The Aesthic Rules of Making a Mixtape/Compilation/Playlist

In this digital era, where the user of compact radio cassette almost gone, its easier for us, music lovers, to create some compilation or playlist that can range from casually selection of songs, to some abstract concept of mix linked by theme, mood, or even some particular artist which usually reflect the music taste of the makers.

Hear me not, making a mixtape wasn’t easy. There’s a lot of sacred rules and tradition that should be follow. Just like Nick Hornby said,

¤To me, making a tape is like writing a letter — there’s a lot of erasing and rethinking and starting again. A good compilation tape, like breaking up, is hard to do. You’ve got to kick off with a corker, to hold the attention (I started with “Got to Get You Off My Mind”, but then realized that she might not get any further than track one, side one if I delivered what she wanted straightaway, so I buried it in the middle of side two), and then you’ve got to up it a notch, or cool it a notch, and you can’t have white music and black music together, unless the white music sounds like black music, and you can’t have two tracks by the same artist side by side, unless you’ve done the whole thing in pairs and…oh, there are loads of rules ¤

And so, I’m making THE 10 point rules of  making a MIXTAPE. Follow it, and you’ll be fine.

  1. Do not, I repeated it, DO NOT put a multi language mixtape. No matter how good the connection between the song. Unless, the song is voiceless, or instrumental. For example, you can put Ryuichi Sakamoto and Kevin Kern in the same mixtape, but you cant put Utada Hikaru and Mariah Carey in the same playlist.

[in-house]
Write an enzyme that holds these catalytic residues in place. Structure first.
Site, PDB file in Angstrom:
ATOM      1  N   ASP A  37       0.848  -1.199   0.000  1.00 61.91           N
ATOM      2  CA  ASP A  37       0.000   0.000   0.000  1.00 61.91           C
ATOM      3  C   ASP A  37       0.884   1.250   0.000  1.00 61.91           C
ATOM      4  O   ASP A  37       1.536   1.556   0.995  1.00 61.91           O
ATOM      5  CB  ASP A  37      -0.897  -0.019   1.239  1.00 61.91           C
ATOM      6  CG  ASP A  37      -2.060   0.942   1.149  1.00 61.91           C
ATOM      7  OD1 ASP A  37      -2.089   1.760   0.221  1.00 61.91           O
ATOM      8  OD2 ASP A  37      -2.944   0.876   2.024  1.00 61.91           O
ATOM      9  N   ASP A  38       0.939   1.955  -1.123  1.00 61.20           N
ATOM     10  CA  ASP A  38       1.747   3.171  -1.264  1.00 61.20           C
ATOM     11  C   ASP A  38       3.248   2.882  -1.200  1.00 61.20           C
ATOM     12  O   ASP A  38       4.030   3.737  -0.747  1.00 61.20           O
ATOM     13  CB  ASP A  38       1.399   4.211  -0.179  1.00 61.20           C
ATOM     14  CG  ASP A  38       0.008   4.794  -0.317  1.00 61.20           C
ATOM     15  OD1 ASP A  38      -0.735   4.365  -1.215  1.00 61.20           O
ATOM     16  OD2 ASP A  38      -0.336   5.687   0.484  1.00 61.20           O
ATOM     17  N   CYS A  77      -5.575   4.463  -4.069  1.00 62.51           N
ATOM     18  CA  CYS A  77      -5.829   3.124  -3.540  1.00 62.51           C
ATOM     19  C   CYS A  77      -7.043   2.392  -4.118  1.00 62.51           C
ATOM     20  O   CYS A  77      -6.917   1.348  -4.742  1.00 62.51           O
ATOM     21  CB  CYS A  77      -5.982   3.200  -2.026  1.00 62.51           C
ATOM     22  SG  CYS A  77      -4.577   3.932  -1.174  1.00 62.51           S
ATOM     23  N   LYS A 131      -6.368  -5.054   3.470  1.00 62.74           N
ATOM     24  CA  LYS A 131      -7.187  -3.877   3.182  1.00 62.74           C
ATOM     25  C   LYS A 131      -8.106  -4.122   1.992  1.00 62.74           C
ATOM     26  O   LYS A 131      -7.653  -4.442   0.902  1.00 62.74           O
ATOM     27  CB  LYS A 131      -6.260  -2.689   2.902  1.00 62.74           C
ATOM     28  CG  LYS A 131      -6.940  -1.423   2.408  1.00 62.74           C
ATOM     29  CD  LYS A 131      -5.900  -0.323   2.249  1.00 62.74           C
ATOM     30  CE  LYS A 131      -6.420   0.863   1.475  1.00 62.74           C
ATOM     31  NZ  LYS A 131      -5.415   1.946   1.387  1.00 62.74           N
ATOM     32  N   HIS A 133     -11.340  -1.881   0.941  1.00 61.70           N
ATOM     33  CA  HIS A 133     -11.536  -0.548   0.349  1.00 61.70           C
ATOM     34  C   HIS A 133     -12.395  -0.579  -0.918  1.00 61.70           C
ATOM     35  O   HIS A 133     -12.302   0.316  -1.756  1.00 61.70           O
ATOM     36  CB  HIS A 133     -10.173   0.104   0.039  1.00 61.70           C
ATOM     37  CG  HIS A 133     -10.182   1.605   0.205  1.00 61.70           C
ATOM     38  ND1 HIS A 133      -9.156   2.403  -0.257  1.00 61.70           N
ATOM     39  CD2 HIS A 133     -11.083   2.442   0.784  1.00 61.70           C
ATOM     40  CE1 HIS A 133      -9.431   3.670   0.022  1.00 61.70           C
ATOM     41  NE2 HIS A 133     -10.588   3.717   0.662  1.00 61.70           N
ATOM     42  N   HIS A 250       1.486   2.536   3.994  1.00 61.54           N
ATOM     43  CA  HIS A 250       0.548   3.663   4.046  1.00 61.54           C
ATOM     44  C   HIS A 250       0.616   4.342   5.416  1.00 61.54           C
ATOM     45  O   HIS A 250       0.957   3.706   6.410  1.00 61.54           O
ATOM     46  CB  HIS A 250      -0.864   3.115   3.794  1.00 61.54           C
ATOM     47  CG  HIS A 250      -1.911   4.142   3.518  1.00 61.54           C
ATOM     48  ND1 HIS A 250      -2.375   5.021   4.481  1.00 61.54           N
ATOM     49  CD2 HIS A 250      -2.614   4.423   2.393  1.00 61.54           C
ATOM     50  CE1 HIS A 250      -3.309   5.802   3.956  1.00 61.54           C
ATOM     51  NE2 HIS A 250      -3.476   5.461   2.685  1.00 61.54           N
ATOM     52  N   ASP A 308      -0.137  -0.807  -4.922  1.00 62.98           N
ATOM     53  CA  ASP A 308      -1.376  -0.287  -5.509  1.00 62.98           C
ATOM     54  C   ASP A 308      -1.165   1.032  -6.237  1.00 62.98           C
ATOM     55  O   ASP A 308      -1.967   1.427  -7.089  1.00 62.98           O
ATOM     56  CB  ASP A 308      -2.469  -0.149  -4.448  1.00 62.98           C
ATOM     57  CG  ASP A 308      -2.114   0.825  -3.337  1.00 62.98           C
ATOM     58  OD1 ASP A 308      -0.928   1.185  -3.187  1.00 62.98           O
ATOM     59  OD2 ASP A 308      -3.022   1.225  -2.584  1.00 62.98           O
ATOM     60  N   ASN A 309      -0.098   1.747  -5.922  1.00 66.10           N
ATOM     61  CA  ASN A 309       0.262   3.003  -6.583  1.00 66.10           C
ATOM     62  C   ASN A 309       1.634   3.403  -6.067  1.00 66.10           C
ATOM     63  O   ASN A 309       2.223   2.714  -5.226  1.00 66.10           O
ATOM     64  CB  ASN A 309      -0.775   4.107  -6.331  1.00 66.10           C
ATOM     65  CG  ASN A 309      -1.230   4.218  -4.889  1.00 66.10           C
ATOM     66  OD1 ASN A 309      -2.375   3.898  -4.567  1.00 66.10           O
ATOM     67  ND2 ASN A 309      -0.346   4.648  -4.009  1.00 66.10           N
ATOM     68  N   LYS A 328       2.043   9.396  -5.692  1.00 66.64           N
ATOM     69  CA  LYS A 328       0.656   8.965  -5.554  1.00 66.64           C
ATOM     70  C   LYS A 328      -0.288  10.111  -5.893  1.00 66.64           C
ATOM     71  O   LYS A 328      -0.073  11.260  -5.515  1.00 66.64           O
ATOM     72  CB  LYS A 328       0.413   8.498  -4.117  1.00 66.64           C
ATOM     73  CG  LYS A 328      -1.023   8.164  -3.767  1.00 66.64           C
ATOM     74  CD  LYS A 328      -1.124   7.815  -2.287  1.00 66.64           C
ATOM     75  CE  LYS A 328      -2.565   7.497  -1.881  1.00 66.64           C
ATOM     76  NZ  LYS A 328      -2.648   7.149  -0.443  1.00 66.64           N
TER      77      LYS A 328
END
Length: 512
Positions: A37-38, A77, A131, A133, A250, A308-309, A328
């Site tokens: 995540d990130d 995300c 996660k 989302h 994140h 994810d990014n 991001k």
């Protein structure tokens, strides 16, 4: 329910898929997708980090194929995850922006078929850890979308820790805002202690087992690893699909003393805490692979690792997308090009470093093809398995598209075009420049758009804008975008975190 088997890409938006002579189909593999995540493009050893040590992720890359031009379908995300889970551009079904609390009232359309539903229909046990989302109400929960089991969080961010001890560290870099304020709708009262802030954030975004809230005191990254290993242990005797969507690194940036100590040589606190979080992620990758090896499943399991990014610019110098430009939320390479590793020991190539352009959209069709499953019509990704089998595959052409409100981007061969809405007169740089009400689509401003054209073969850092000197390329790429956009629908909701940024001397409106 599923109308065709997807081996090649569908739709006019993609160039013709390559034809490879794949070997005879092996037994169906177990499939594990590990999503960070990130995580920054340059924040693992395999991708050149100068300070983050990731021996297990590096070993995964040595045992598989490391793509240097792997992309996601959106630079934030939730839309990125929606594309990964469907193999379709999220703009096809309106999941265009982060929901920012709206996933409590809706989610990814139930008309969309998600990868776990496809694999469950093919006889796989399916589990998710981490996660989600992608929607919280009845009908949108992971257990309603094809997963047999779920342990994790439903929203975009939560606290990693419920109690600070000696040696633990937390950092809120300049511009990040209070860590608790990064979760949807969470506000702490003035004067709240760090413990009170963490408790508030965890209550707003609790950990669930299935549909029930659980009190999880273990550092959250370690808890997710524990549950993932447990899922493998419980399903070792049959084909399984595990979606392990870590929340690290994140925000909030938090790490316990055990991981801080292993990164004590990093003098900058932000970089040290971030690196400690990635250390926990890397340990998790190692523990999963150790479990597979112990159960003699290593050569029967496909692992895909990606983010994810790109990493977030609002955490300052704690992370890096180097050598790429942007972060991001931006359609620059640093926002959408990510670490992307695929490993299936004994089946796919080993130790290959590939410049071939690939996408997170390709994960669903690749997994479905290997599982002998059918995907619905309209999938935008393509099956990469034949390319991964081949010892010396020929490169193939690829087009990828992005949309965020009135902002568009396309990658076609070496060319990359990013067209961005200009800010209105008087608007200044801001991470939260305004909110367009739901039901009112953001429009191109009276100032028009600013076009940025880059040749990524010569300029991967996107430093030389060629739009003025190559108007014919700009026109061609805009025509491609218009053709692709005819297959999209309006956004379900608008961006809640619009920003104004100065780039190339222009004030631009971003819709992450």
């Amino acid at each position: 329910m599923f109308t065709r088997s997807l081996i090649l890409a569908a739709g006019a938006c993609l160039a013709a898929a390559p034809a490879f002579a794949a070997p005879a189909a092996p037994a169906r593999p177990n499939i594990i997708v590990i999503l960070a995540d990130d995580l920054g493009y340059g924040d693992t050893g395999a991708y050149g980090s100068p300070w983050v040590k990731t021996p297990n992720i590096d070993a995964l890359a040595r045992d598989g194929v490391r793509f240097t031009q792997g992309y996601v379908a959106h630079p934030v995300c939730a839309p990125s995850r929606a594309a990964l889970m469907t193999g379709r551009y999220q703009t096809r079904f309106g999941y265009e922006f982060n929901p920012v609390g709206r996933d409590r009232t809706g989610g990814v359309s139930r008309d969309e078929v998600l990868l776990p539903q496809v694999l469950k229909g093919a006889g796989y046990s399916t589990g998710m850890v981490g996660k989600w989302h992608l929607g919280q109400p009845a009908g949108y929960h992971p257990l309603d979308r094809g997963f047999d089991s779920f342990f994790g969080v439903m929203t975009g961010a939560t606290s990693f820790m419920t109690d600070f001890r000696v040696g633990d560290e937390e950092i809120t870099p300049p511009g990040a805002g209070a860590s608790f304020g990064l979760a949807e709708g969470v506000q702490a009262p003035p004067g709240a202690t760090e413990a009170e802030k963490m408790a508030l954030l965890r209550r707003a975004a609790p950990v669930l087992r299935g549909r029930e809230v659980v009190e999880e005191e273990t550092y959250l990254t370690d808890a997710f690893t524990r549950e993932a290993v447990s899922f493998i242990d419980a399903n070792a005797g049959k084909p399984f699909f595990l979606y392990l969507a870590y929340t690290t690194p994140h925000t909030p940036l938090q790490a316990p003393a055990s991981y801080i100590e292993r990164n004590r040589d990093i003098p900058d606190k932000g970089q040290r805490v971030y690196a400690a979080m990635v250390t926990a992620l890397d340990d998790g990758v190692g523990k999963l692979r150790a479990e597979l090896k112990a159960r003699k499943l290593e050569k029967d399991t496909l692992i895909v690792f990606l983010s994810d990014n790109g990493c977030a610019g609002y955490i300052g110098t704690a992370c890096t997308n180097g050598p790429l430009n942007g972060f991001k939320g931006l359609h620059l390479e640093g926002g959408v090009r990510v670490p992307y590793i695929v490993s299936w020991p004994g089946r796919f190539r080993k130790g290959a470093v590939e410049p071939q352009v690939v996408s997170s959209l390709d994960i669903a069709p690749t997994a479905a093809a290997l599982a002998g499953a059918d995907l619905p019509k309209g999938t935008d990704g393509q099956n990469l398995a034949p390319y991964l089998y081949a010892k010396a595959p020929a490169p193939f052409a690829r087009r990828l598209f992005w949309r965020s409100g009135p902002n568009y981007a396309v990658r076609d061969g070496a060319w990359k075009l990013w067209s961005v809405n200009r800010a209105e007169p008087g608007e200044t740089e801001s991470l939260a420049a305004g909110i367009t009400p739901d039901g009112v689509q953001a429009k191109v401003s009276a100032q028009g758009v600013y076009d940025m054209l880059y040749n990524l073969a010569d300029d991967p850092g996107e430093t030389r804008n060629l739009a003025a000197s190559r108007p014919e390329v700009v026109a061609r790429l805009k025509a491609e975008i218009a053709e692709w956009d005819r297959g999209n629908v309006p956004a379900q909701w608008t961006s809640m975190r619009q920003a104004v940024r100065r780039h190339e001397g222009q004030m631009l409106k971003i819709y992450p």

2. Always keep it under 80 minutes. Why? Because of the length of a CD or audio cassette. Who knows your mixtape will became famous and some DJ decide to use it. Besides, If the CD is too long, it’s possible some great tracks near the end will never be heard.
  3. Always pick the second strongest song as the opening track.
  4. Mashed Genre is good, but its a whole other level for a beginner to dealt with it. Try to avoid it, unless the genre is trespassing each other. For example, Punk Rock and Opera music, a big no no. But Soul and funk, a bit yes yes.
  5. Make sure the quality of the file/songs is in GOOD Condition. No noise, no extrapolar, no bad ending/start. For Mp3, 128 kbps in a crisp is a must-minimal.
  6. Making a time period. This rules can be expanded. For example do not mixed the dance songs from 2000 era with any dance song from 1980’s era, except you’re making the historical/autobiographical compilations. they never get along. It goes for rock, and pop too. But no so much for jazz and soul genre.
  7. Always put the chilliest song, or the most soothing song, at the end of the mix. that way, you wont get any complaint that the mix is an anti climax.
  8. Do not use more than a song from one artist at the same compilation, unless its a band mix. Pick another wide range artist to use.
  9. Consider the one whose gonna to listen to the playlist. Who are they? are they pop listener?
  10. Be Creative, rules are made to be broken.

  Happy mixtaping to all readers of this blog!

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1 Comment

Filed under Annoying Thoughts, Music

One response to “The Aesthic Rules of Making a Mixtape/Compilation/Playlist

  1. demayrecords

    128kbps is awful, 192 is the minimum i can tolerate

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